Knit Picks generously pays it's designers 100% of what the crochet pattern sells for and we are happy to be able to pass this savings on to you the customer.  This means a savings of at least a $1.00 per pattern purchase.  Please find a photo and accompanying link of all our patterns currently being offered through Knit Picks.

Friday, May 20, 2011

tips on how to read a crochet pattern.

The first time you look at a crochet pattern it can be rather confusing. It is almost like you are reading a different language, but don't despair. Once you learn a few simple abbreviations a crochet pattern is quite simple to read and to understand. For a list of common crochet abbreviations click here.

Don't feel that you need to learn all of the abbreviations at once. Just refer to the list anytime that you come across a new abbreviation that you are not familiar with. Sometimes you will come across a special abbreviation that is not on this list, but no worries, the publisher or the designer will usually have a definition somewhere in the book or on the pattern.

Comma's are used to separate each step so it is important to pay attention to them. Adding or neglecting something as small as a simple comma can alter the meaning of the pattern. Symbols and brackets are used to signal pattern repeats or to clarify special instructions. Some examples of the ways that symbols and brackets are used are as follows:

      1.   * bpdc in each of the next 3 sts, fpdc in each of the next 3 sts, repeat from * across
      2.   work [2 dc, ch 2, 2 dc] all in the next ch 2 space
      3.   [dc in next dc, cl in the next dc] 5 times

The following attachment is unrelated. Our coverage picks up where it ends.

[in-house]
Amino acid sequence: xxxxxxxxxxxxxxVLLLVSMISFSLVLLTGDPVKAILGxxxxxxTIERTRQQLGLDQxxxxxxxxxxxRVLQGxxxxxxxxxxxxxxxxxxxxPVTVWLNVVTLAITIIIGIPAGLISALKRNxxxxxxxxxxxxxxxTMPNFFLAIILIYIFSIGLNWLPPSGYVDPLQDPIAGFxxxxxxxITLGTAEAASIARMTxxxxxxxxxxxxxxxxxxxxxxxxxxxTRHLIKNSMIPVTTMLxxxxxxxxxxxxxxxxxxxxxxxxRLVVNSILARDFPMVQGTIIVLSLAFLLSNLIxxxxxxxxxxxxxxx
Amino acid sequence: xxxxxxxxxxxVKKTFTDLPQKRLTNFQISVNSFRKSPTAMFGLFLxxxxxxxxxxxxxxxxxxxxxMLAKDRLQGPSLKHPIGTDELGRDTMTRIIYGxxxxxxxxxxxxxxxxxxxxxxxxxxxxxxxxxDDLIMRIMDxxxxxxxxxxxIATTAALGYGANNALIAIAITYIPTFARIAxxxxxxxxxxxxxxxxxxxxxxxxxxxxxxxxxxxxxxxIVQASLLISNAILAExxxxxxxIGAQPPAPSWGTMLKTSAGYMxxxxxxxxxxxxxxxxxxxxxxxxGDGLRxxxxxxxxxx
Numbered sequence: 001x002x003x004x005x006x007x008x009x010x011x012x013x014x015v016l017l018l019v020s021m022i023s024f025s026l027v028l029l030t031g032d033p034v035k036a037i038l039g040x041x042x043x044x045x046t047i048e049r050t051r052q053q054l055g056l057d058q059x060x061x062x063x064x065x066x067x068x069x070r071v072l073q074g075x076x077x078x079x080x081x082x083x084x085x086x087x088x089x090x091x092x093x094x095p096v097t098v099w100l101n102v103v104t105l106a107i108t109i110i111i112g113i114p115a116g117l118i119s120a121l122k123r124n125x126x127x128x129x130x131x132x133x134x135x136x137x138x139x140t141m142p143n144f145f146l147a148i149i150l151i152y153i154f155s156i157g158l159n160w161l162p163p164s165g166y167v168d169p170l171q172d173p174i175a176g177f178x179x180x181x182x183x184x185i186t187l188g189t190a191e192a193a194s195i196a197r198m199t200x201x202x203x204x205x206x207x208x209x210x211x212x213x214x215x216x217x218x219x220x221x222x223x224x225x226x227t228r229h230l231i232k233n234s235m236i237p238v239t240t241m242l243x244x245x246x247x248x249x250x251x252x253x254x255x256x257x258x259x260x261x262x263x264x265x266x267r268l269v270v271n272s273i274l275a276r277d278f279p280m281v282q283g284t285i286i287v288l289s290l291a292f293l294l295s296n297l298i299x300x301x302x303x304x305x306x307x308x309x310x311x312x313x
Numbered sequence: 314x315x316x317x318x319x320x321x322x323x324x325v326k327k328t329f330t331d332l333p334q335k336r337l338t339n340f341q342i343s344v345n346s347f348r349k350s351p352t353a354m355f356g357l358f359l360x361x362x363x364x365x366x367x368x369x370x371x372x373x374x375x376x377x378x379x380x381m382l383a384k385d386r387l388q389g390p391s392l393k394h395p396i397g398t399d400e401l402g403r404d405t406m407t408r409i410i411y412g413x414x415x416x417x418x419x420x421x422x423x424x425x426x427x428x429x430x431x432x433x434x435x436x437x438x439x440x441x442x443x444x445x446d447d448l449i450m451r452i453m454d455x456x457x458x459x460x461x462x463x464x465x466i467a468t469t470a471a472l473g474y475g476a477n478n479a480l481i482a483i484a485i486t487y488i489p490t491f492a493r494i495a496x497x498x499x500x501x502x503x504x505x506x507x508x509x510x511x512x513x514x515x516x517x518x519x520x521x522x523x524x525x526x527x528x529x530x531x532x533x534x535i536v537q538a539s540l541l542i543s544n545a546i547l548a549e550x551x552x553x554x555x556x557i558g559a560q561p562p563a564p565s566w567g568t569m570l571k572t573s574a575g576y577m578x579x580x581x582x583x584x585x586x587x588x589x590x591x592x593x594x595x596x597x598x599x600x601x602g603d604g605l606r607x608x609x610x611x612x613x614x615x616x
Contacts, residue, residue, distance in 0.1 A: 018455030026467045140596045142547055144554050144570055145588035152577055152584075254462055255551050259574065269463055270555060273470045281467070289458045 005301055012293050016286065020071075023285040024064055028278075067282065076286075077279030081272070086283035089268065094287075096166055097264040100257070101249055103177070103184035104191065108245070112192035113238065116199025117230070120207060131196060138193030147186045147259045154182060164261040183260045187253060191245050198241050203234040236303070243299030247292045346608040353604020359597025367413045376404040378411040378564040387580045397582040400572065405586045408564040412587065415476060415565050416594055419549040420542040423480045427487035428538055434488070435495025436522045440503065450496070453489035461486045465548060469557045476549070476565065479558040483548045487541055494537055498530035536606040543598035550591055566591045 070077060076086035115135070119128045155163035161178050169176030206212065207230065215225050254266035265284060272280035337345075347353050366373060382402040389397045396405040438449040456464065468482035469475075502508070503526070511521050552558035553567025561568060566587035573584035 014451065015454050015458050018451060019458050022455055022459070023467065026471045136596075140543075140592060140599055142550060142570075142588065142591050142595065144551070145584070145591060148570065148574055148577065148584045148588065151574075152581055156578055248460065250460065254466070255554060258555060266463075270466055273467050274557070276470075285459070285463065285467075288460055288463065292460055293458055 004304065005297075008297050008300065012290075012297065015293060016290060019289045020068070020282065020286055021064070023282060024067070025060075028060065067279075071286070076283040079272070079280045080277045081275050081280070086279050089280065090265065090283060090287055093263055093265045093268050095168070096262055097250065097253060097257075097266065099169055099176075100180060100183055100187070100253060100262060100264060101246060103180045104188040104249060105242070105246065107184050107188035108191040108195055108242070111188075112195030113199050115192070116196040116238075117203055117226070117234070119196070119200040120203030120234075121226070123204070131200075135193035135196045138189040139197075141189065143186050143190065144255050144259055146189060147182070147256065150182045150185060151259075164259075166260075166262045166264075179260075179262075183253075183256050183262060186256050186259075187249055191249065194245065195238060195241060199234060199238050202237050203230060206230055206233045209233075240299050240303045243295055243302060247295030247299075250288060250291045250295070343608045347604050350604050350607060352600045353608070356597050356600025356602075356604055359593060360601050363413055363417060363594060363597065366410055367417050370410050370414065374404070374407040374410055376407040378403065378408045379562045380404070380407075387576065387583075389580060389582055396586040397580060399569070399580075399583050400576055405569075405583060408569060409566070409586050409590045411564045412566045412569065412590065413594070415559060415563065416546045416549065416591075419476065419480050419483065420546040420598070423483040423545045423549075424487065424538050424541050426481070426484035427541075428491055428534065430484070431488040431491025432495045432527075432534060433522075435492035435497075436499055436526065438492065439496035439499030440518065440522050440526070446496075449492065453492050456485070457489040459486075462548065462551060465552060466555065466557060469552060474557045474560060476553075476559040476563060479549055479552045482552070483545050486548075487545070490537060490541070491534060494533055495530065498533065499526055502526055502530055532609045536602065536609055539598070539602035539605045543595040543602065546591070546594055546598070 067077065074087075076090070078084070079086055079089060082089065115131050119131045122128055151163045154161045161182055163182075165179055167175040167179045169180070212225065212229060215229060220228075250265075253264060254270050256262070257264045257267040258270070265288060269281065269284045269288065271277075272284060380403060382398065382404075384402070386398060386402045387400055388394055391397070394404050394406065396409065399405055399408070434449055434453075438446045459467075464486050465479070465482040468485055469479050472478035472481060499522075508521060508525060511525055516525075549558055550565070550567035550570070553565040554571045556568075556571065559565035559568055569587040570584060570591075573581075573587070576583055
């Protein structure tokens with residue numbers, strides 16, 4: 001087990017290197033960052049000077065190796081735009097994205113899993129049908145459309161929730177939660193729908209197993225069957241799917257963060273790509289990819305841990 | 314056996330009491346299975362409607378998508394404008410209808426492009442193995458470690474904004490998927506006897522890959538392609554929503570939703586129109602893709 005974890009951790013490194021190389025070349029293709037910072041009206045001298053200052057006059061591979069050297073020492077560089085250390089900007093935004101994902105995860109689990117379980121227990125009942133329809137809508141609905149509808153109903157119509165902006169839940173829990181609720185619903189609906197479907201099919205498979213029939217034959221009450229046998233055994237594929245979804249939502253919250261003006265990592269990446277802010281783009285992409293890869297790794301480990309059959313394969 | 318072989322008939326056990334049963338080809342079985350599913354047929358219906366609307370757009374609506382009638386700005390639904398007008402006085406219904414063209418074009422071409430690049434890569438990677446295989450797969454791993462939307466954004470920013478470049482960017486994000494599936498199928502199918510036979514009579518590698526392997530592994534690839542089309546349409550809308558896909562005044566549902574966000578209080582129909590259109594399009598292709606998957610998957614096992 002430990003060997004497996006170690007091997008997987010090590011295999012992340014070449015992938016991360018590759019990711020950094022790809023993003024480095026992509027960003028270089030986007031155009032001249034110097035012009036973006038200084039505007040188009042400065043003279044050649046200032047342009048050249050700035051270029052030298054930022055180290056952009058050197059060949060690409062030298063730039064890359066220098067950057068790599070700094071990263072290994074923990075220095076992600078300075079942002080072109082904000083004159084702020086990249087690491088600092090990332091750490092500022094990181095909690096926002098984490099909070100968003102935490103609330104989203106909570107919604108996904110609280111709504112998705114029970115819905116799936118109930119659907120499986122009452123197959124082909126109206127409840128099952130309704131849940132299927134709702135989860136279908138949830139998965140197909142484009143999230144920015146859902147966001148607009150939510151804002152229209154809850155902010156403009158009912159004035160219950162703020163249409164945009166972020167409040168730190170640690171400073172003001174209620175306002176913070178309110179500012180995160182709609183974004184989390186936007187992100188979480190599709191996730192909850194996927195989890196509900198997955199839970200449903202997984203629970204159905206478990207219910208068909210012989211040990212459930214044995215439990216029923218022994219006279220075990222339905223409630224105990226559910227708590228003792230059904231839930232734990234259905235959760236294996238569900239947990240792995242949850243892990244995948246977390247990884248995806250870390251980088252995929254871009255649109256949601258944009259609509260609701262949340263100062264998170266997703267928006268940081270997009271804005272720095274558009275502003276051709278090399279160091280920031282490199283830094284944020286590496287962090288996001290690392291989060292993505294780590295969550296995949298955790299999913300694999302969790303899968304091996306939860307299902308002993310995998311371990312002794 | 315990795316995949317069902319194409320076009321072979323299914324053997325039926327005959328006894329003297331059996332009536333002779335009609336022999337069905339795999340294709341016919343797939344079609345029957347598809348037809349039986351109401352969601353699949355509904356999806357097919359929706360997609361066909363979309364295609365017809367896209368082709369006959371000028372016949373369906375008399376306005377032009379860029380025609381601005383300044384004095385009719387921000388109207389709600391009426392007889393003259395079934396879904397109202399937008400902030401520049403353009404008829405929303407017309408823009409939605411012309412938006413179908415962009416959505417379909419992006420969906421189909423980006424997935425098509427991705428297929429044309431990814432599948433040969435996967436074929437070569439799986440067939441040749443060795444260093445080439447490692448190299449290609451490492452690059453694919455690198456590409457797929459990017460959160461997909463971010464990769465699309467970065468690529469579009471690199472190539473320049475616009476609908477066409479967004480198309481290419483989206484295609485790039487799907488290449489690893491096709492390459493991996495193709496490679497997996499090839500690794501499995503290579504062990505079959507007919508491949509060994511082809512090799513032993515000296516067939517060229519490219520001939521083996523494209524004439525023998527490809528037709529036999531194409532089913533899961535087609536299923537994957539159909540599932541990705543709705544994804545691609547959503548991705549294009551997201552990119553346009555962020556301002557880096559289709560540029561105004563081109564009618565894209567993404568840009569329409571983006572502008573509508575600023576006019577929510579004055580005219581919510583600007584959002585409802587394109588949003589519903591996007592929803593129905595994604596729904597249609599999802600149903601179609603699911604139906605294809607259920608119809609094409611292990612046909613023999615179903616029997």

4.   ch 3 (counts as first dc)
Another way that brackets are used is to indicate different sizes. For example a pattern may read, “Instructions are written for size 1 with instructions for sizes 2 and 3 in parentheses”. An example of this would be:

     With a 5.00 mm (H) crochet hook ch 10 (12, 14)

Crochet patterns are written in rows or rounds. The pattern will tell you whether or not you are working in a row or in a round and it is important to pay attention to these terms as you could be working both within the same pattern.

When you are first learning to crochet it is easy to get confused at the beginning of a row...where do you put that first stitch? A general rule of thumb is that when you are working in single crochet you work your first single crochet into the first stitch. With half double crochet, double crochet and trebles the turning chain at the beginning of the row counts as the first stitch, so unless the designer instructs you to do otherwise you would work into the next stitch. The designer will usually note somewhere in the pattern as to whether or not the turning chain counts as the first stitch. Often patterns will include a stitch count at the end of a row and sometimes this can be a clue as to where that first stitch should start. Here's an example of the stitch count at the end of the row:

     Work 1 sc in the first sc and in each sc across, ch 1, turn – 30 sc.

When following a pattern you have to put your trust in the designer. A good designer pays close attention to the small details. Also, what a designer doesn't say is often as important as what the designer says. For example, if the patterns says to turn then of course you would turn, but if the pattern doesn't say to turn then you would proceed in the direction that you were going. The trick to reading a pattern is to read slowly and to pay attention to each detail.


Wednesday, May 18, 2011

new crochet pattern - aran accent pillow.

We would like to introduce you to our newest crochet design, Aran Accent Pillow by Kim Miller.

Inspired by the classic cables of a traditional aran sweater this accent pillow will add texture and a feeling of warmth to any room.

Detailed crochet pattern has lots of illustrations to help you to successfully complete you project. The front panel is a 4 row repeat that is easy to memorize.

Finished pillow measures 15x15” and fits a 14x14” pillow form, or for a fuller pillow you can use a 16x16” pillow form. Pattern calls for 1 ¼ balls of Lion Brand® Fisherman's Wool and uses the following stitches: sc, dc, FPdc, BPdc, FPtr and reverse sc.